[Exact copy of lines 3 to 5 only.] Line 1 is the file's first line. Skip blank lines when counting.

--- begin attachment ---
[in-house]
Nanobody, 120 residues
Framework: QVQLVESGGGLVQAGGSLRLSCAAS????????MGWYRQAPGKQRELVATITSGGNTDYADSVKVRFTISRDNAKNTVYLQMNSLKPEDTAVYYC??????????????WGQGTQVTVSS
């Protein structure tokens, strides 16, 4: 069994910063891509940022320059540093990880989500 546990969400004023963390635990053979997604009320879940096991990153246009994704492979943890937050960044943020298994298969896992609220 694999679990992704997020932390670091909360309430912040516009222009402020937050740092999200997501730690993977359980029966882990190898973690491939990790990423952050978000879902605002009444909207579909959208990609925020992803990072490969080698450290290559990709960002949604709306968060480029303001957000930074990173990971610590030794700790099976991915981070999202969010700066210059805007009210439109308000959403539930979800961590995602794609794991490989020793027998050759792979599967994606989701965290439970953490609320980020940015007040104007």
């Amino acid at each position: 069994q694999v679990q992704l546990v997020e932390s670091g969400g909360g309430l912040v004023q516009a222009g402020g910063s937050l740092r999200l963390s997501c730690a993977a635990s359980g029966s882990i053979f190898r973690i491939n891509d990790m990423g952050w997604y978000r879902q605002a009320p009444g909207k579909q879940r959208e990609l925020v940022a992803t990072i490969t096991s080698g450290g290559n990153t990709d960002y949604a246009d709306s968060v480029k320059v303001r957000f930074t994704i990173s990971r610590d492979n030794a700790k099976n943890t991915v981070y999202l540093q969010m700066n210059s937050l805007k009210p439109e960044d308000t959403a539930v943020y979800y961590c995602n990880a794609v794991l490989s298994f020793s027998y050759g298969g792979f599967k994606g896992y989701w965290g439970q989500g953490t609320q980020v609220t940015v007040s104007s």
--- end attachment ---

Framework: QVQLVESGGGLVQAGGSLRLSCAAS????????MGWYRQAPGKQRELVATITSGGNTDYADSVKVRFTISRDNAKNTVYLQMNSLKPEDTAVYYC??????????????WGQGTQVTVSS
């Protein structure tokens, strides 16, 4: 069994910063891509940022320059540093990880989500 546990969400004023963390635990053979997604009320879940096991990153246009994704492979943890937050960044943020298994298969896992609220 694999679990992704997020932390670091909360309430912040516009222009402020937050740092999200997501730690993977359980029966882990190898973690491939990790990423952050978000879902605002009444909207579909959208990609925020992803990072490969080698450290290559990709960002949604709306968060480029303001957000930074990173990971610590030794700790099976991915981070999202969010700066210059805007009210439109308000959403539930979800961590995602794609794991490989020793027998050759792979599967994606989701965290439970953490609320980020940015007040104007």
């Amino acid at each position: 069994q694999v679990q992704l546990v997020e932390s670091g969400g909360g309430l912040v004023q516009a222009g402020g910063s937050l740092r999200l963390s997501c730690a993977a635990s359980g029966s882990i053979f190898r973690i491939n891509d990790m990423g952050w997604y978000r879902q605002a009320p009444g909207k579909q879940r959208e990609l925020v940022a992803t990072i490969t096991s080698g450290g290559n990153t990709d960002y949604a246009d709306s968060v480029k320059v303001r957000f930074t994704i990173s990971r610590d492979n030794a700790k099976n943890t991915v981070y999202l540093q969010m700066n210059s937050l805007k009210p439109e960044d308000t959403a539930v943020y979800y961590c995602n990880a794609v794991l490989s298994f020793s027998y050759g298969g792979f599967k994606g896992y989701w965290g439970q989500g953490t609320q980020v609220t940015v007040s104007s």